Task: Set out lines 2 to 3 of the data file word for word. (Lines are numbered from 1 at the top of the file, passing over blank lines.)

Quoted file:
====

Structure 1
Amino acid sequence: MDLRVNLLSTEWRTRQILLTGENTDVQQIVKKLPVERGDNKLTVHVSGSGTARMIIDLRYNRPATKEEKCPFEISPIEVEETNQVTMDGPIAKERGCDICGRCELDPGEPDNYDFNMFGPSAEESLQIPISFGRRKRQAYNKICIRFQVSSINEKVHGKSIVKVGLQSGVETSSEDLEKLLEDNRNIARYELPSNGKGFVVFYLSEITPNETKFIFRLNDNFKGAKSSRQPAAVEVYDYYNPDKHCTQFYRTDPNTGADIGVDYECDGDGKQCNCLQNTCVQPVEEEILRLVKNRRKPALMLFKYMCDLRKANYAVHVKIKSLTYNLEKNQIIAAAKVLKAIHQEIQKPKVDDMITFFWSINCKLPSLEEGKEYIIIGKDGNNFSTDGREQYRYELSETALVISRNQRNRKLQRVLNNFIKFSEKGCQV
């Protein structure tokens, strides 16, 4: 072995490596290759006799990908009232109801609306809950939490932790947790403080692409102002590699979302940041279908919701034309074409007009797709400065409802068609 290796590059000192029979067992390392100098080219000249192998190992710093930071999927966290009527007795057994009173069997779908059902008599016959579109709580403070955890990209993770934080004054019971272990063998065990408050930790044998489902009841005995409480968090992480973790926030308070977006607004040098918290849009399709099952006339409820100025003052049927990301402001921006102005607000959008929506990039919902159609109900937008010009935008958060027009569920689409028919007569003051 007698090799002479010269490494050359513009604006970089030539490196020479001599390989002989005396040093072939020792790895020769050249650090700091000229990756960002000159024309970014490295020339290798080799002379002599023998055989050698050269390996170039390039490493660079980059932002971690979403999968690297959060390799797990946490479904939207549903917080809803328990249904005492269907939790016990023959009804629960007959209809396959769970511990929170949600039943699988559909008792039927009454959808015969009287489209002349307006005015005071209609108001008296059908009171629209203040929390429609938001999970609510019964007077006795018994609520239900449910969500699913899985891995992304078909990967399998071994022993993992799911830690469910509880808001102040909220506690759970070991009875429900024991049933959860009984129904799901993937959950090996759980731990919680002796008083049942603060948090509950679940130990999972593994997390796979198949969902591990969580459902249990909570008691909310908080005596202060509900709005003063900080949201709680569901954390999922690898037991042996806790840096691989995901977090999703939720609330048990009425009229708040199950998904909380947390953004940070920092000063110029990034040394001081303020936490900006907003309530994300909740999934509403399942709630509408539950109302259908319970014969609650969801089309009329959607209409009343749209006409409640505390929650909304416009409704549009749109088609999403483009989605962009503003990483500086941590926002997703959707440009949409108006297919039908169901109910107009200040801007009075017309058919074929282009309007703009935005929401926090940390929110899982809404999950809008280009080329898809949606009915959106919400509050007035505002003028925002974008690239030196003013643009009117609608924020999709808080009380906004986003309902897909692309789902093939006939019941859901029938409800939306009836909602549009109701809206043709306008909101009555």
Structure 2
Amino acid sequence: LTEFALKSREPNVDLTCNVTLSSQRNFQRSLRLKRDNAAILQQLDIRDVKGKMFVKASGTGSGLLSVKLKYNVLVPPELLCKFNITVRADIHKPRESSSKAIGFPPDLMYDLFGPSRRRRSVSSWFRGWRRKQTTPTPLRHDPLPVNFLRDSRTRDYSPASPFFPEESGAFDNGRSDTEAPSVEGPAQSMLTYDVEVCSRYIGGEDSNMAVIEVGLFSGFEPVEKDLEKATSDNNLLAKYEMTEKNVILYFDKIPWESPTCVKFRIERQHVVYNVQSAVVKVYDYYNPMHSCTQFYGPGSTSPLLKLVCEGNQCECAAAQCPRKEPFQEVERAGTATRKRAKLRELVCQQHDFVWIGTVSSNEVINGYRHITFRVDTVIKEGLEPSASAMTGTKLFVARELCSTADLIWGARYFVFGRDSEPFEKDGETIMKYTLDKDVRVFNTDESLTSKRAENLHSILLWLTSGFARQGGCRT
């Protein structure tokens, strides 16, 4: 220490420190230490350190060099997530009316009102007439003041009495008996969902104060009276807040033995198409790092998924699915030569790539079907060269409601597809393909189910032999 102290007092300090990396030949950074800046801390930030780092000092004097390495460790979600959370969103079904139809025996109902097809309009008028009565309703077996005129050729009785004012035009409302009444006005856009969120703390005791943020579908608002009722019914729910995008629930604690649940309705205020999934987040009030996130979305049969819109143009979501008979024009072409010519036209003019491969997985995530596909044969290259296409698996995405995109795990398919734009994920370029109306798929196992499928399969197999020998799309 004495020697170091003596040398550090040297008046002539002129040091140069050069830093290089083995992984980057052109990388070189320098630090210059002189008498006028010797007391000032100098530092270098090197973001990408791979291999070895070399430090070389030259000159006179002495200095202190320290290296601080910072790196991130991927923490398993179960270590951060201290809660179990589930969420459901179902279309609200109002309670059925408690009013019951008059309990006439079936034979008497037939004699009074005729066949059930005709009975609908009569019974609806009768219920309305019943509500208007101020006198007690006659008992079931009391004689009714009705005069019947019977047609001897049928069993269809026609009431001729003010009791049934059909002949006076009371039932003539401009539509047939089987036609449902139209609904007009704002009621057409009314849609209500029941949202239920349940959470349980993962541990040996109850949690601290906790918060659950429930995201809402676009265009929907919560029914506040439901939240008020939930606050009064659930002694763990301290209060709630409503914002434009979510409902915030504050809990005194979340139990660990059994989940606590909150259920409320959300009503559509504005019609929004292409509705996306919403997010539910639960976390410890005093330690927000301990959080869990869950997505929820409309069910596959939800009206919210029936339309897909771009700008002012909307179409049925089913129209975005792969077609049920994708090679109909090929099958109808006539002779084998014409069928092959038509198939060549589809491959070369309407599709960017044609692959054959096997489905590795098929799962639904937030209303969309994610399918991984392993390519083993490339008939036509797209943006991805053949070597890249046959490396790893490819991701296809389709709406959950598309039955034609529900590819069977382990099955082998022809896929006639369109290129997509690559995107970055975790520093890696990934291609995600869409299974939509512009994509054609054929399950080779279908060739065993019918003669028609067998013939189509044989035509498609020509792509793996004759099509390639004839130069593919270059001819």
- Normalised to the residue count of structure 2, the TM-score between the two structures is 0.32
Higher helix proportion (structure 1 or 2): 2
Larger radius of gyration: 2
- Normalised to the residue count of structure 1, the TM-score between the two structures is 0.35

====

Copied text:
Amino acid sequence: MDLRVNLLSTEWRTRQILLTGENTDVQQIVKKLPVERGDNKLTVHVSGSGTARMIIDLRYNRPATKEEKCPFEISPIEVEETNQVTMDGPIAKERGCDICGRCELDPGEPDNYDFNMFGPSAEESLQIPISFGRRKRQAYNKICIRFQVSSINEKVHGKSIVKVGLQSGVETSSEDLEKLLEDNRNIARYELPSNGKGFVVFYLSEITPNETKFIFRLNDNFKGAKSSRQPAAVEVYDYYNPDKHCTQFYRTDPNTGADIGVDYECDGDGKQCNCLQNTCVQPVEEEILRLVKNRRKPALMLFKYMCDLRKANYAVHVKIKSLTYNLEKNQIIAAAKVLKAIHQEIQKPKVDDMITFFWSINCKLPSLEEGKEYIIIGKDGNNFSTDGREQYRYELSETALVISRNQRNRKLQRVLNNFIKFSEKGCQV
């Protein structure tokens, strides 16, 4: 072995490596290759006799990908009232109801609306809950939490932790947790403080692409102002590699979302940041279908919701034309074409007009797709400065409802068609 290796590059000192029979067992390392100098080219000249192998190992710093930071999927966290009527007795057994009173069997779908059902008599016959579109709580403070955890990209993770934080004054019971272990063998065990408050930790044998489902009841005995409480968090992480973790926030308070977006607004040098918290849009399709099952006339409820100025003052049927990301402001921006102005607000959008929506990039919902159609109900937008010009935008958060027009569920689409028919007569003051 007698090799002479010269490494050359513009604006970089030539490196020479001599390989002989005396040093072939020792790895020769050249650090700091000229990756960002000159024309970014490295020339290798080799002379002599023998055989050698050269390996170039390039490493660079980059932002971690979403999968690297959060390799797990946490479904939207549903917080809803328990249904005492269907939790016990023959009804629960007959209809396959769970511990929170949600039943699988559909008792039927009454959808015969009287489209002349307006005015005071209609108001008296059908009171629209203040929390429609938001999970609510019964007077006795018994609520239900449910969500699913899985891995992304078909990967399998071994022993993992799911830690469910509880808001102040909220506690759970070991009875429900024991049933959860009984129904799901993937959950090996759980731990919680002796008083049942603060948090509950679940130990999972593994997390796979198949969902591990969580459902249990909570008691909310908080005596202060509900709005003063900080949201709680569901954390999922690898037991042996806790840096691989995901977090999703939720609330048990009425009229708040199950998904909380947390953004940070920092000063110029990034040394001081303020936490900006907003309530994300909740999934509403399942709630509408539950109302259908319970014969609650969801089309009329959607209409009343749209006409409640505390929650909304416009409704549009749109088609999403483009989605962009503003990483500086941590926002997703959707440009949409108006297919039908169901109910107009200040801007009075017309058919074929282009309007703009935005929401926090940390929110899982809404999950809008280009080329898809949606009915959106919400509050007035505002003028925002974008690239030196003013643009009117609608924020999709808080009380906004986003309902897909692309789902093939006939019941859901029938409800939306009836909602549009109701809206043709306008909101009555």